Andrea Graham (Princeton)

The event will start on: Wed, Oct 09, 2013 | 12:00 pm
Location: Lewis Thomas Lab, 003 | Washington Road

MolBio Seminar Series


andreaAndrea Graham
Princeton University

Andrea earned an A.B. in Biology and Sculpture from Mount Holyoke College in 1992, after which she taught both subjects in NYC public high schools.  In 2001, she earned a Ph.D. in Ecology and Evolutionary Biology (of parasites!) from Cornell University and moved to University of Edinburgh for a postdoc in immunology.  She then obtained independent research fellowships (from the Leverhulme Trust, 2004-06, and then the UK Biotechnology and Biological Sciences Research Council, 2006-10) to establish her own research group in Edinburgh.  She moved to Princeton in 2011.


Seminar Topic

Optimal Immune Defense In This Wormy World

Intestinal nematodes are among the most prevalent parasites of mammals: it’s a Wormy World indeed.  Heavy nematode infections are detrimental to host health and evolutionary fitness, but immune defense against them can also be costly (e.g., by depleting protein or causing immunopathology).  What, then, is the optimal type and magnitude of immune response for a host to mount?  In nature, minimizing the cost-benefit ratio for defense against nematodes is not a static problem.  For example, the relative costs of parasitism and defense vary with environment, condition, and co-infection.  In two model systems, one wild (sheep) and one captive (mice), I will consider these questions:  To what extent do hosts achieve optimal defense that maximizes their survival and reproduction?  How well do nematode-infected hosts manage co-infections?  And, ultimately, why do hosts exhibit such varied susceptibility to nematode infection?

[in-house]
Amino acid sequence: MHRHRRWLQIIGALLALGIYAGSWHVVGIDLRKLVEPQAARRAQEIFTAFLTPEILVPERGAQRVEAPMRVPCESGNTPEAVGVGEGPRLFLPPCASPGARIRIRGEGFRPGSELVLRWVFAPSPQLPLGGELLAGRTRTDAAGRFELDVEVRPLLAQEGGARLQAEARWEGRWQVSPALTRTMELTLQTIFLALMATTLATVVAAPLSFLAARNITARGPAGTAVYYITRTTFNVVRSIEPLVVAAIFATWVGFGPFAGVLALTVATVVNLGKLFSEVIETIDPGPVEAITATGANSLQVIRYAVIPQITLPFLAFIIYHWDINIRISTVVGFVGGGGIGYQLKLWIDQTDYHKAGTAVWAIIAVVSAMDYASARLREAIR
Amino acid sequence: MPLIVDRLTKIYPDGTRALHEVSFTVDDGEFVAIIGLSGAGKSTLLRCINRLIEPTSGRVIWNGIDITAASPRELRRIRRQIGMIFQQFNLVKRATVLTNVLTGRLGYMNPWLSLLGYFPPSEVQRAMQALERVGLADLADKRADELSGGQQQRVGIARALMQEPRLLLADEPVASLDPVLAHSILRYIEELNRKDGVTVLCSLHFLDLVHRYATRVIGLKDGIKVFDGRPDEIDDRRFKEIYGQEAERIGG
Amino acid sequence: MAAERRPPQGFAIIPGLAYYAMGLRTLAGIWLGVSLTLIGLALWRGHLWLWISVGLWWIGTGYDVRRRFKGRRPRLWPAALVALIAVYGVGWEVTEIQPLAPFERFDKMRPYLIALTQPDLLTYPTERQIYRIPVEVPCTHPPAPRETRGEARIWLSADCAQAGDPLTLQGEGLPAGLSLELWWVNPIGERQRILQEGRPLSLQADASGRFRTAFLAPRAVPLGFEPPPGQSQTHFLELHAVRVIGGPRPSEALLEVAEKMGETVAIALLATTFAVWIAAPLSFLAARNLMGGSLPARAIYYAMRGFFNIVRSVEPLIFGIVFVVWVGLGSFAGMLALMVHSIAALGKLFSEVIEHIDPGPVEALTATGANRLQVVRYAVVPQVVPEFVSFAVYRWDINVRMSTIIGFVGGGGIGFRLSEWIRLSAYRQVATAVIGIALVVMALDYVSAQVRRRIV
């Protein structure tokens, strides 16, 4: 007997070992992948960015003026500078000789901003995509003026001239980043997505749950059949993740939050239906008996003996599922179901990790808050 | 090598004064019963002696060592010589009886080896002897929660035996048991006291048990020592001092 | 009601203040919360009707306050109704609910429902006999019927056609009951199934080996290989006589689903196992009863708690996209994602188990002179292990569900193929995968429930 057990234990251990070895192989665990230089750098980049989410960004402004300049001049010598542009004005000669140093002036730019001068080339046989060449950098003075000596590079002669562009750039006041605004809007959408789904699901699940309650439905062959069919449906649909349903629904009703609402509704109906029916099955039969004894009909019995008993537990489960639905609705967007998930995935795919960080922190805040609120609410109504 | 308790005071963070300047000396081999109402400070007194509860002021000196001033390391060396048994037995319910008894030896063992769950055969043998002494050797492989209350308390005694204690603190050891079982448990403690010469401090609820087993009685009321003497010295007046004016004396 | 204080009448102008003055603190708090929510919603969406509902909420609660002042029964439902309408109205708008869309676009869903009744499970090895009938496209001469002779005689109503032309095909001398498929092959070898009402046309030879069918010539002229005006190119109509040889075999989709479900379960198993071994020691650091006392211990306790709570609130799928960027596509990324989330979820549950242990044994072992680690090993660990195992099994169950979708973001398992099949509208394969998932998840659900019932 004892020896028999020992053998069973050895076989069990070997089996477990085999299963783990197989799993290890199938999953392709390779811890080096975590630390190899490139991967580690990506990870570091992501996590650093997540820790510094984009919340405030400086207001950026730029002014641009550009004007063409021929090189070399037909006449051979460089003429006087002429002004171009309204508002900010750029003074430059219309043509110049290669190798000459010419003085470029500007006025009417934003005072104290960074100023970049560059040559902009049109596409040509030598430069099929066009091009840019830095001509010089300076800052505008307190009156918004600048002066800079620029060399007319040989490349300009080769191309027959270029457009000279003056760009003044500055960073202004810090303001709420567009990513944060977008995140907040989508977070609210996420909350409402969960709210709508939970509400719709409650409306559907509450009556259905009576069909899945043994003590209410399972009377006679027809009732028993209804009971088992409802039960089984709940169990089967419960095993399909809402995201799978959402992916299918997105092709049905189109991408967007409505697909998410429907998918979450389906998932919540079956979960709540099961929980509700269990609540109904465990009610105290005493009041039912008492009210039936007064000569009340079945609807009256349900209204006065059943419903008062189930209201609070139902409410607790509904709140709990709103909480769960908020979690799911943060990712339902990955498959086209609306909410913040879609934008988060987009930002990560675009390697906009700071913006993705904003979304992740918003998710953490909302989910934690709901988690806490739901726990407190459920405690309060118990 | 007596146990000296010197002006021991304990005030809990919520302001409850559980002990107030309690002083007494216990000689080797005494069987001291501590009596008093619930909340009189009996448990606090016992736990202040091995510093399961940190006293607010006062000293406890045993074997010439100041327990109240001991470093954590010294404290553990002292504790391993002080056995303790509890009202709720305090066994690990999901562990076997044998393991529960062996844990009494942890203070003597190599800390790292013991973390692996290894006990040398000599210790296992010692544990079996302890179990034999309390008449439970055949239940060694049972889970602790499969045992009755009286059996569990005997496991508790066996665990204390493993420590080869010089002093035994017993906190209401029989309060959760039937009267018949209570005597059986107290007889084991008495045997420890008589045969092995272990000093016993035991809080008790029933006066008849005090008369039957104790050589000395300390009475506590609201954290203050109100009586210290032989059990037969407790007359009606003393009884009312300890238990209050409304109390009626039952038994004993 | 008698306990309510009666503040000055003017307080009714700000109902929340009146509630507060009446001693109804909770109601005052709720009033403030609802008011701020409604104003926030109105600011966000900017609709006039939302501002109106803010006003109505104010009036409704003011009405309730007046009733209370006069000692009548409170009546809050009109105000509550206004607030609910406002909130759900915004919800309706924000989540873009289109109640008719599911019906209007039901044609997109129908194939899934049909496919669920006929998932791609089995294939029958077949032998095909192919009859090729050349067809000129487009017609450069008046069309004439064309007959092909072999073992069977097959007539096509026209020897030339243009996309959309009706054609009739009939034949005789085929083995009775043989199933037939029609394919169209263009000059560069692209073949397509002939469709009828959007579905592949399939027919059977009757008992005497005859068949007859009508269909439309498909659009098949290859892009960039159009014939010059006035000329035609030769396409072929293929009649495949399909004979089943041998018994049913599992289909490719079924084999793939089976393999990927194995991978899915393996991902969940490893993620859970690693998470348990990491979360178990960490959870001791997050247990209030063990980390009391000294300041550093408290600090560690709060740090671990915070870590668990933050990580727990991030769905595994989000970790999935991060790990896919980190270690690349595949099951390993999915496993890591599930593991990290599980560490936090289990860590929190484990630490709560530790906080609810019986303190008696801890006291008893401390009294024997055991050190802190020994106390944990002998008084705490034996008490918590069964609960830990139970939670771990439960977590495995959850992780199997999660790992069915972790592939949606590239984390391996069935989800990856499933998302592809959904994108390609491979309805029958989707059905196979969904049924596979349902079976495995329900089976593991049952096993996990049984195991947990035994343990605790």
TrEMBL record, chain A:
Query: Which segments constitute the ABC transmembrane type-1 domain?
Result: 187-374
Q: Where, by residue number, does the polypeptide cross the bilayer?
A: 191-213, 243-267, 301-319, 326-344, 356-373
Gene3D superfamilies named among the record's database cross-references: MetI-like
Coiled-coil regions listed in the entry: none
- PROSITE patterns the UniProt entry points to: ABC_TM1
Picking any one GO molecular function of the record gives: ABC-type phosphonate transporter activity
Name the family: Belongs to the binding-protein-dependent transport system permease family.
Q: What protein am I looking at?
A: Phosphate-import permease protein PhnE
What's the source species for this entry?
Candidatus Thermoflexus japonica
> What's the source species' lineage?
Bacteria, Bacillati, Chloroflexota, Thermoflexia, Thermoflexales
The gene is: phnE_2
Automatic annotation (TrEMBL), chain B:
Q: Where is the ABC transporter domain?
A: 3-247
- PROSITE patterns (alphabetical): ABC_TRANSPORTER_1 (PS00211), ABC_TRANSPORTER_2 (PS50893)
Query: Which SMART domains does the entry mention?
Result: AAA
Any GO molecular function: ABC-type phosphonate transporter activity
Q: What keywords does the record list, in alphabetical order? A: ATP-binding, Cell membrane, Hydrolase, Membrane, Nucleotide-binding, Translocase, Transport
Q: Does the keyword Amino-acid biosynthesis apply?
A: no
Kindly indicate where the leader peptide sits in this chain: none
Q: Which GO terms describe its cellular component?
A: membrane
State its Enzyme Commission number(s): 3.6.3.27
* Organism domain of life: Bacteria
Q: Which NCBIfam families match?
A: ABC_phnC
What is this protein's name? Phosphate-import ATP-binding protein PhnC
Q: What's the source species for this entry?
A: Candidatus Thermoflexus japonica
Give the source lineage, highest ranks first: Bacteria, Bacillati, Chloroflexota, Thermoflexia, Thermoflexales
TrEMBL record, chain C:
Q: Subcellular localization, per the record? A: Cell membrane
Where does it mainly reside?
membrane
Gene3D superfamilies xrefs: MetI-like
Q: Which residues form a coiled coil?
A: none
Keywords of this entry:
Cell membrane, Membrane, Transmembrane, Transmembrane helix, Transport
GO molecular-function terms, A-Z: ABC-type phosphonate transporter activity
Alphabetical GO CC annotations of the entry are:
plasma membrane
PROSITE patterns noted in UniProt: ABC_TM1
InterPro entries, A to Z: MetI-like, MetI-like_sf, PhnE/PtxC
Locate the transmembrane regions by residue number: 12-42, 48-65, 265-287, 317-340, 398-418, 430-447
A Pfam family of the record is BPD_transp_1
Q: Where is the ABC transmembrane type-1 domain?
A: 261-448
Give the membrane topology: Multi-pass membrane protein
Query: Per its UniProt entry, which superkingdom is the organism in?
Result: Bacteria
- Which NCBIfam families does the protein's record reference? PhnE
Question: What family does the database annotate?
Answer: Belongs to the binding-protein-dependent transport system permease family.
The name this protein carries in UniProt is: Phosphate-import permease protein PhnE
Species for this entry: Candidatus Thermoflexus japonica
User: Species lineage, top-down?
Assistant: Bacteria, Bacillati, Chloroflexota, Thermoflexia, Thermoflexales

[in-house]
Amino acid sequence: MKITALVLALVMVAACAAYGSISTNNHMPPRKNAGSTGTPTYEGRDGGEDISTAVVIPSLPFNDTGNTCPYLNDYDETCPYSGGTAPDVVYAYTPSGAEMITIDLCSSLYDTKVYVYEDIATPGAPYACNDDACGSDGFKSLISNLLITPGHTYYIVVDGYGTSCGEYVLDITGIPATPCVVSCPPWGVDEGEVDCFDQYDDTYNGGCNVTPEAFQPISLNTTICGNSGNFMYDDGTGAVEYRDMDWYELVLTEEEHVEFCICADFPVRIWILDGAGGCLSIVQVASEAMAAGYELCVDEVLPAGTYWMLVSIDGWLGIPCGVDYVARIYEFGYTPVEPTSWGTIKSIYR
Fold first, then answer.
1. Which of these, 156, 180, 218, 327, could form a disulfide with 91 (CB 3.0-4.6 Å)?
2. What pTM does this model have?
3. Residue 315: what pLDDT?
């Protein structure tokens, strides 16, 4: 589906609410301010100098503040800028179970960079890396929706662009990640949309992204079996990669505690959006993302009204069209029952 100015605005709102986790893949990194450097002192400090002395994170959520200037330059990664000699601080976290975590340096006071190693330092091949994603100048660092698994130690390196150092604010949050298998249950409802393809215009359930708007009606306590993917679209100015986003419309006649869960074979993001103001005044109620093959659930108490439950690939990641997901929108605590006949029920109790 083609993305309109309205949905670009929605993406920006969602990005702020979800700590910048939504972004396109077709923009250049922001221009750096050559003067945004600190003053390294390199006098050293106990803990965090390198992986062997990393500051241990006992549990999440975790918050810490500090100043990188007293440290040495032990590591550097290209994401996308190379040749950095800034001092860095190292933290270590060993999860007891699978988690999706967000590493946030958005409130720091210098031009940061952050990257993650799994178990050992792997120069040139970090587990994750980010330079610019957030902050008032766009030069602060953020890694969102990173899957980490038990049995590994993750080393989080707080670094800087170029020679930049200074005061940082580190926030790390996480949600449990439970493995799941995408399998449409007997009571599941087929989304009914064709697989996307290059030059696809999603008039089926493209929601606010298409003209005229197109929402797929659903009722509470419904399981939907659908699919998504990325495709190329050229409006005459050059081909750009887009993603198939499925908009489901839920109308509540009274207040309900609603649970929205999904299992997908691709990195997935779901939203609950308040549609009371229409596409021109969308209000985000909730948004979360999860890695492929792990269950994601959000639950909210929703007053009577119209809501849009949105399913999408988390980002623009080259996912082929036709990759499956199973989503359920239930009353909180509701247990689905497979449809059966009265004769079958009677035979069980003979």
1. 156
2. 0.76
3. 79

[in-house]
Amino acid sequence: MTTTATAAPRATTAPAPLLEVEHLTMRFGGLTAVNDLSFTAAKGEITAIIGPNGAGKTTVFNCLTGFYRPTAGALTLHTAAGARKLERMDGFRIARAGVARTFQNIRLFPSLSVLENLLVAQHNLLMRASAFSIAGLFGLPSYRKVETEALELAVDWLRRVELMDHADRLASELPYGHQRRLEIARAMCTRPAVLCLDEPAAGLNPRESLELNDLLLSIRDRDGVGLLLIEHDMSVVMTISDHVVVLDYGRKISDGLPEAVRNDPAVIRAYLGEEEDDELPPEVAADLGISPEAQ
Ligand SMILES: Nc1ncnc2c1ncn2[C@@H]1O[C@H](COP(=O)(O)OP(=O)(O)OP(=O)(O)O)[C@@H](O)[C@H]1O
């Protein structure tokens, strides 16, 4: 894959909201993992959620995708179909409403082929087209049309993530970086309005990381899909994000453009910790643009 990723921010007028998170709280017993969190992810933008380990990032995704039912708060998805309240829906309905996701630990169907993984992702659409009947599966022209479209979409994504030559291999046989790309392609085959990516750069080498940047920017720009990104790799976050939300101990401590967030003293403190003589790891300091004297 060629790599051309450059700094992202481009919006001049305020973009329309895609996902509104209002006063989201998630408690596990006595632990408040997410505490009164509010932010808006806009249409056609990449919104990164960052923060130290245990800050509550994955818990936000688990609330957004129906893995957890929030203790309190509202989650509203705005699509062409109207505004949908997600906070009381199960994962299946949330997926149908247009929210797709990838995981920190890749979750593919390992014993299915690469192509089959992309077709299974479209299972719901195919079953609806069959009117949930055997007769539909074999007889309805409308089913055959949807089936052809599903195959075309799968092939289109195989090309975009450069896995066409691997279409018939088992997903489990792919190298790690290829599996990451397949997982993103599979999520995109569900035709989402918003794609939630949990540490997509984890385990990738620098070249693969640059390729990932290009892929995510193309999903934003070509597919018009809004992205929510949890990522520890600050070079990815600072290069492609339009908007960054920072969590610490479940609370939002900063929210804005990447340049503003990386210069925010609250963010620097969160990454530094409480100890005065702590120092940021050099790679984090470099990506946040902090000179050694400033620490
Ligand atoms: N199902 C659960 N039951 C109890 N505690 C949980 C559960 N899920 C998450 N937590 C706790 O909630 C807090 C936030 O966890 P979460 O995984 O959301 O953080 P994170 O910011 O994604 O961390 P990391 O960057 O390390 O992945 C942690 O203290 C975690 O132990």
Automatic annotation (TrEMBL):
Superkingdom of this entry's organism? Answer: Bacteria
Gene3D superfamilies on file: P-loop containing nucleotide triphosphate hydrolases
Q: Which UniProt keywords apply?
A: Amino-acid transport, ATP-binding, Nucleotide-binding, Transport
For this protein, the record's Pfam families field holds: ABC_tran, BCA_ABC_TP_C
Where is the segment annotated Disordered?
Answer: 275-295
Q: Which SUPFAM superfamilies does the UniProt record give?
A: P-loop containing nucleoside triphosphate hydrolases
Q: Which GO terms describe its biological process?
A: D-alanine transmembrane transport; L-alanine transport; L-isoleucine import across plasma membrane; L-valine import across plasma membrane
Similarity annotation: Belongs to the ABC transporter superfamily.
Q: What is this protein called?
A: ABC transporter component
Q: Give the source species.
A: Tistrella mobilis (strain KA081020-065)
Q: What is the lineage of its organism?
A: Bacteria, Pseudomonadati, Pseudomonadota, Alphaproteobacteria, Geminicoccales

Research Lab

Andrea and her group study how natural selection has shaped strategies for both host defense and parasite transmission.  Particular areas of interest are immunological conflicts posed by co-infection, the effects of strong immune responses upon both host and parasite fitness, and selection pressures that shape the speed and specificity of immune responses.



Free and open to the university community and the public

Hosted by: Molecular Biology, Ecology & Evolutionary Biology

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